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Growth and Maturity in To Kill a Mockingbird - Building Blocks of Growth and Maturity In To Kill a Mockingbird Throughout the novel To Kill a Mockingbird by Harper Lee, many characters develop and mature in unique ways. Boo, who fears talking to others, Aunt Alexandra, who is against people of other races or social classes, and Scout, who is young and is not aware of life’s challenges, constantly suppress their emotions and personality. Their life choices and decisions that they make throughout the book, lead them to be more accepting of others and less prejudice....   [tags: essays research papers] 1005 words
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To Kill a Mockingbird by Harper Lee - To Kill a Mockingbird was written by Harper Lee. To Kill a Mockingbird takes place in Maycomb Alabama, in the late 1930's early 1940's. In this story a lot of characters were introduced to the reader. Jem Finch played a big role in this book.any worms he found to one side. He were many other vital characters in this book, they were; Calpurnia was the Finch's maid, she was a great help raising Jem and Scout. Aunt Alexandra was Atticus' sister, she came to help raise Jem and Scout, but the Jem and Scout didn't really like her because she was very strict....   [tags: essays research papers] 818 words
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To Kill a Mockingbird by Harper Lee - Scout learned a number of things in the book, but most of them all refer back to a statement that Atticus and Calpurnia said, which goes, “It’s a sin to kill a mockingbird because all they do is sing their hearts our for us.” (Lee, pg. 90). Scout learned that about people, too. She learned that some people don’t do anything to you, so it would be a sin to do something mean in return. Over the course of the story Scout becomes more mature and learns the most important facts of life. She was living through a very difficult time and most of that helped her get through....   [tags: essays research papers] 836 words
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Harper Lee's To Kill a Mockingbird - Remember, it's a sin to kill a mockingbird. These words, spoken by Atticus are the central theme of the novel, and the source of the novel's title. Miss Maudie further elaborates these words, by saying; "Mockingbirds don't do one thing but sing out their hearts for us. That's why it's a sin to kill a mockingbird." It is a very cruel thing indeed to kill, or even harm something that does not harm us; rather is a source of benefit for us, like these mockingbirds, that don't 'eat up peoples gardens, don't nest in corncribs, but make music for us to enjoy." In the novel we can identify several people as mockingbirds: good, innocent people who have been punished due to no fault of their own....   [tags: English Literature] 733 words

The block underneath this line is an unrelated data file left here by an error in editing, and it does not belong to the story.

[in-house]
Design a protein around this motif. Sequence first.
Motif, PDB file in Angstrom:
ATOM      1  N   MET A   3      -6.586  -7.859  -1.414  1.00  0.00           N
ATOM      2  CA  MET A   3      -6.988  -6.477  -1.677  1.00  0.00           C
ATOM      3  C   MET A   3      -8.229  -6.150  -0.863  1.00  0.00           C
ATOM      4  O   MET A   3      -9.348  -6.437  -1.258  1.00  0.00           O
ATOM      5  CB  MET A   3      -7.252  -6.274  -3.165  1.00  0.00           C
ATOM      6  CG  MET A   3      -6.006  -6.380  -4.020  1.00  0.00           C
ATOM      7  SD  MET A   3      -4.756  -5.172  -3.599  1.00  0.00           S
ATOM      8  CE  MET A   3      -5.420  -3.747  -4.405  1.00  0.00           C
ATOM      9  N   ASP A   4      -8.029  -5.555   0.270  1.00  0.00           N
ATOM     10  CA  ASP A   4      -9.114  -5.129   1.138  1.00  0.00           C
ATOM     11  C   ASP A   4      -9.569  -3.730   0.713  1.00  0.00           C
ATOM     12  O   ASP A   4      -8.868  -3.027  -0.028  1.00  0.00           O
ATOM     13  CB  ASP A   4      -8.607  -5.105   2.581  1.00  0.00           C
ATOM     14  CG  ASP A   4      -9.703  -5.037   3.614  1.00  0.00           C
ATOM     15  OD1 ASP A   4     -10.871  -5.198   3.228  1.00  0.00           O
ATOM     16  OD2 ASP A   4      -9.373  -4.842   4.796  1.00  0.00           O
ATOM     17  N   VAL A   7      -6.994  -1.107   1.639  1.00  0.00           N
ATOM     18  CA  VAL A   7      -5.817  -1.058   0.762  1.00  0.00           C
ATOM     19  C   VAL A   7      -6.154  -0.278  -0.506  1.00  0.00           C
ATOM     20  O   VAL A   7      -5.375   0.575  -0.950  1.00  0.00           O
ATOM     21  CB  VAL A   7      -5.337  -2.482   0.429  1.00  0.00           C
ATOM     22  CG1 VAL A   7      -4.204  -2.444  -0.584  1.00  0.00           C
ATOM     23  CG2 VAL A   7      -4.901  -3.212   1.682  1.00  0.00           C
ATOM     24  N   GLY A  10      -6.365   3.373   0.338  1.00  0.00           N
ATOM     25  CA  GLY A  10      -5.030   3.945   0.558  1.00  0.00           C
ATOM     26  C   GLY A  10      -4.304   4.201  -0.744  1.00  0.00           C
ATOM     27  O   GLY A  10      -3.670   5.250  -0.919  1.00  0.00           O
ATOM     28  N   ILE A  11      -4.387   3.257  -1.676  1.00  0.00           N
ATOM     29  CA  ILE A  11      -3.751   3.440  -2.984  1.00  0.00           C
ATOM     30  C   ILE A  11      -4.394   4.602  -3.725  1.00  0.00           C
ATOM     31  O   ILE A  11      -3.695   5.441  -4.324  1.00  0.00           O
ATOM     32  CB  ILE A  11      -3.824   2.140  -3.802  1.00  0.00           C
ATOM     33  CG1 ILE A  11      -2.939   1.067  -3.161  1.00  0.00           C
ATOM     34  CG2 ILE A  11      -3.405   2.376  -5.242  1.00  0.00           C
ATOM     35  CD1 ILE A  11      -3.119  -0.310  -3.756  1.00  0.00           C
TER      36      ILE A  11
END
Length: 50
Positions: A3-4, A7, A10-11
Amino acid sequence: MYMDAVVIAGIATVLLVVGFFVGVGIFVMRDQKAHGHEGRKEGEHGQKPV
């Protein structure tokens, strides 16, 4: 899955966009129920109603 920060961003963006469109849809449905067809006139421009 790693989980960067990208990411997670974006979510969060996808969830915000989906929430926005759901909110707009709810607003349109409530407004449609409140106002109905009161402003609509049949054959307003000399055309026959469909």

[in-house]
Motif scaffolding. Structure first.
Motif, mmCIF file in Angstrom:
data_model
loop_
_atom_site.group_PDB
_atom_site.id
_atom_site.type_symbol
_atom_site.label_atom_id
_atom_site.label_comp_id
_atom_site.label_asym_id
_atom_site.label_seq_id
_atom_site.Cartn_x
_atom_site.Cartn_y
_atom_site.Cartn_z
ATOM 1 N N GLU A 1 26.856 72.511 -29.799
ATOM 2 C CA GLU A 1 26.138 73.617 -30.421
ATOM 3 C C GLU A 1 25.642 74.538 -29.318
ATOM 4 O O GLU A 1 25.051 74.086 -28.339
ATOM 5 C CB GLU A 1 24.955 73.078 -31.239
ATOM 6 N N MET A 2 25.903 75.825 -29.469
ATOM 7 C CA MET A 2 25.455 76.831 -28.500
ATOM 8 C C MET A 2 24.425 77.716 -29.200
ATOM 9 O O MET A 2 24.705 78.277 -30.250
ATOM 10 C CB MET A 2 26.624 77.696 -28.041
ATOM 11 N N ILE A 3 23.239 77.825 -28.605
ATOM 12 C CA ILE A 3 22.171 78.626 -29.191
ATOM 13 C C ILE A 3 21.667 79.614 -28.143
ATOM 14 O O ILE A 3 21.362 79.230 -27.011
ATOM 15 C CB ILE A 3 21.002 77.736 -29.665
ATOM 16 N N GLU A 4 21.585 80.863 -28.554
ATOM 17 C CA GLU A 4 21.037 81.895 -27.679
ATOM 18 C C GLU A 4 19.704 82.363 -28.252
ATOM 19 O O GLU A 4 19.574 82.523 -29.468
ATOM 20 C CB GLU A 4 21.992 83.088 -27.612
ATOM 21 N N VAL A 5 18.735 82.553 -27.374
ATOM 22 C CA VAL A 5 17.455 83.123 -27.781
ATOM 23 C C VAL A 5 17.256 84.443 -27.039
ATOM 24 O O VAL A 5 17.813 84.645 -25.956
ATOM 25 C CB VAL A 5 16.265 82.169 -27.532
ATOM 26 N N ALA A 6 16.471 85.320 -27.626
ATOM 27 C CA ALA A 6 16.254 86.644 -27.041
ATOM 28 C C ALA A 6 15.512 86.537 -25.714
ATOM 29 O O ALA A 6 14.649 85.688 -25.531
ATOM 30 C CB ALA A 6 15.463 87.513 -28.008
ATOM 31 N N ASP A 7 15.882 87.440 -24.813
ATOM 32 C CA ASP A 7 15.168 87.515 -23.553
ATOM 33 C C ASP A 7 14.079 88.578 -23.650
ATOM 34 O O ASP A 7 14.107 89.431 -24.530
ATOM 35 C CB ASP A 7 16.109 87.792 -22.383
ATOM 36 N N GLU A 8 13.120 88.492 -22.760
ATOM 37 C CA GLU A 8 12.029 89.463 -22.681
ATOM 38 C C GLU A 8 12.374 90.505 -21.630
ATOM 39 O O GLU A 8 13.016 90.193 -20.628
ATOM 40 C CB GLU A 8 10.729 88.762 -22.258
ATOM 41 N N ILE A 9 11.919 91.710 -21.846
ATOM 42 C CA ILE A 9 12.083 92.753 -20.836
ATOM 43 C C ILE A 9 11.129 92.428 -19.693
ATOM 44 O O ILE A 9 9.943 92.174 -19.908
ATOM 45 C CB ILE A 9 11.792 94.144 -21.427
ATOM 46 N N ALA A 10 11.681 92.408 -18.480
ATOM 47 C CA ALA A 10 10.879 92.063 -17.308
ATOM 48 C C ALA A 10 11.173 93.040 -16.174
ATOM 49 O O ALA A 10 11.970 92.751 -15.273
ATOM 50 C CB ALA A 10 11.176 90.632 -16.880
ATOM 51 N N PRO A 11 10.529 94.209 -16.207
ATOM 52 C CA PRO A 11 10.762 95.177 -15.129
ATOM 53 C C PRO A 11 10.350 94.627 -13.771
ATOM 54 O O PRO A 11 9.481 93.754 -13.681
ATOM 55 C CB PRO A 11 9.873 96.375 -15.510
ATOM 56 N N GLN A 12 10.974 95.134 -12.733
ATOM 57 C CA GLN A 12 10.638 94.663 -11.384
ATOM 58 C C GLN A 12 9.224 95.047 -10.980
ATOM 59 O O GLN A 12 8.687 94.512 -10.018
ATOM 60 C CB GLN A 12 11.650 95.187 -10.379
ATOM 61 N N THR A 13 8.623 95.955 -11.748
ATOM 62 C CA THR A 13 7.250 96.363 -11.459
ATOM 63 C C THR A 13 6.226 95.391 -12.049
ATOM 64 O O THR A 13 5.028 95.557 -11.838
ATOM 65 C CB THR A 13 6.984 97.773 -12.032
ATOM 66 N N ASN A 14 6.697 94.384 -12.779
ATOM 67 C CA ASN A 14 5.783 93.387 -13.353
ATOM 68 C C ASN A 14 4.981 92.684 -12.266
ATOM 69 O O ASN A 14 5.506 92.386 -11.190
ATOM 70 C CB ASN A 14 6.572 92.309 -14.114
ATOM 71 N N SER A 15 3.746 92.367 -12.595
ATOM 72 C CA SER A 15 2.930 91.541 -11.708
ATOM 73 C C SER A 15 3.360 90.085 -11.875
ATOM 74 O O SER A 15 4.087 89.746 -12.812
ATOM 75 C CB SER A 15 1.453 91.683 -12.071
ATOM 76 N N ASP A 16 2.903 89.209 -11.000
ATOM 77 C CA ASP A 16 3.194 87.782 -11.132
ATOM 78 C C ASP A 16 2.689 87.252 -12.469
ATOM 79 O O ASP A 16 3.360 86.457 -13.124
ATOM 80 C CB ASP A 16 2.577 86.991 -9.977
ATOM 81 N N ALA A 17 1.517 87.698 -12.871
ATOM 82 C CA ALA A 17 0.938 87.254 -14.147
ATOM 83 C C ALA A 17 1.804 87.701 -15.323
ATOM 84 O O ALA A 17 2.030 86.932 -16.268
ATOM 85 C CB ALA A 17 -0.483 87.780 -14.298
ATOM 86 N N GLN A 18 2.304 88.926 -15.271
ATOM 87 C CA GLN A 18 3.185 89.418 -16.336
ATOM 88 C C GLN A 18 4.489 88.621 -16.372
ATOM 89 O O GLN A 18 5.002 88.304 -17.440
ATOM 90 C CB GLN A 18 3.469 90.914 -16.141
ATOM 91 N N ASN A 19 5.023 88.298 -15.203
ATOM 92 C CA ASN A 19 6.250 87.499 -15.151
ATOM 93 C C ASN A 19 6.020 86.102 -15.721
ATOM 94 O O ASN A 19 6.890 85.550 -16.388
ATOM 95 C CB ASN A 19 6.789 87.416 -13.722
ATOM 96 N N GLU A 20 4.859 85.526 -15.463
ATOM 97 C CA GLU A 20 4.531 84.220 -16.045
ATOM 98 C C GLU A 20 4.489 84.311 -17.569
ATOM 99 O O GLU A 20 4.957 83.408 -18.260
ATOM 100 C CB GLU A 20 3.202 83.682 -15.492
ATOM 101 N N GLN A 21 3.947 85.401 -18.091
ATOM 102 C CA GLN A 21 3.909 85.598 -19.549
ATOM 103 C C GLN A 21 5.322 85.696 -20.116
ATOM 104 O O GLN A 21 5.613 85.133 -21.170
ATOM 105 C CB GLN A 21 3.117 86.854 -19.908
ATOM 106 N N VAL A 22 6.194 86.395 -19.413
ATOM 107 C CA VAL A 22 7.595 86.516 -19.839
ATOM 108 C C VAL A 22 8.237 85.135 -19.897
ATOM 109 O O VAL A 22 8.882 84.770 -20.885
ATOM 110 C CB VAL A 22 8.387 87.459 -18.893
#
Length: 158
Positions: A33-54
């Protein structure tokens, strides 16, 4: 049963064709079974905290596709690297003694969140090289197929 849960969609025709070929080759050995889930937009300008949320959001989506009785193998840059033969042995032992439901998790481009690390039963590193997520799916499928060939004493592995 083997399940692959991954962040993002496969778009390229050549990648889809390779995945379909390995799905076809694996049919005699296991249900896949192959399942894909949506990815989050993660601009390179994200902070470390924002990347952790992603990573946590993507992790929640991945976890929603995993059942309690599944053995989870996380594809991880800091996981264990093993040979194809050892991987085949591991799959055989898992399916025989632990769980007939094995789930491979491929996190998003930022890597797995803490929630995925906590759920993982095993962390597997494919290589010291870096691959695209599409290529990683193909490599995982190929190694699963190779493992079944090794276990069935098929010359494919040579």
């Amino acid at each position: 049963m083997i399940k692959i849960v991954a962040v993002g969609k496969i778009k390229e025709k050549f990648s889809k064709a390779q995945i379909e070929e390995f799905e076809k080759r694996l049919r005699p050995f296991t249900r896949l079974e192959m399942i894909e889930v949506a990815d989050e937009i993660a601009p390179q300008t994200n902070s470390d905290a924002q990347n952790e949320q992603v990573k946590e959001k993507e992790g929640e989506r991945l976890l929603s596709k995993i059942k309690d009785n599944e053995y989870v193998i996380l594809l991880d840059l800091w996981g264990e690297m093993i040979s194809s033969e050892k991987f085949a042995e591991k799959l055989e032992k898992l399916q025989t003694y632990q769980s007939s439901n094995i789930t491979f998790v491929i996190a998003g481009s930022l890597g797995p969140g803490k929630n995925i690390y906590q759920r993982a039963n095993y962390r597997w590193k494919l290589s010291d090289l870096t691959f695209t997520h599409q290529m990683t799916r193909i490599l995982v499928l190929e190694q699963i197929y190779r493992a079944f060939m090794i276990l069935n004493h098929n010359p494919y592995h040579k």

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To Kill a Mockingbird by Harper Lee - To Kill a Mockingbird There are defining moments in a society when one individual can shape events for generations to come. For one to change ones surroundings, and make the situation better for others is a great task. In To Kill a Mockingbird by Harper Lee and in today's society men try and make dents in their unjust surroundings, not only in politics but in their homes and personal lives. Men such as Atticus Finch and Jackie Robinson made actions that changed their communities and homes in suddle but memorably ways....   [tags: Free Essay Writer] 828 words
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To Kill a Mockingbird by Harper Lee - To Kill a Mockingbird Test Question 1 As readers, we saw Scout mature and grow as our narorater and as a person. She learned many things, but also lost many things. As she grew up and changed, she began to see how things really were, and gained the knowledge of the pure hate that one man can show another. Scout lost her innocence when she found this out. She began to see how cruel the world can be to someone who is a little different or strange. She saw this in the prejudice that was shown to Tom Robinson, Walter Cunningham, Miss Maudie and even herself....   [tags: English Literature Essays] 2860 words
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To Kill A Mockingbird by Harper Lee - To Kill A Mockingbird by Harper Lee; Critical Evaluation of Literature b The book we have been reading is ‘To Kill a Mockingbird’ by Harper Lee. It was written in the 1960s but is based on events in the 1930s. I am going to discuss which character best deserves to be the hero in ‘To Kill a Mockingbird’. A hero is a man/woman noted or admired for nobility, courage or outstanding achievements. The novel is about a small town in the deep south of America. The story centres on the white people discriminating and being very racist towards Negroes....   [tags: Free Essay Writer] 1117 words
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To Kill a Mockingbird by Harper Lee - Often times, literature reflects the problems within a society. An author finds their character’s struggles and triumphs in the people of each era. Inspirations from real life events fuel not only great literature but also books that become remarkable social pieces. A perfect example is Harper Lee’s To Kill A Mockingbird. This novel is reflective of the 1930’s era. In the story racism runs rampant through society with only a noble few trying to stop it. The racism that is apparent and a focal point for the novel is, although fiction, closely matched to that of a racist era in America....   [tags: essays research papers] 1073 words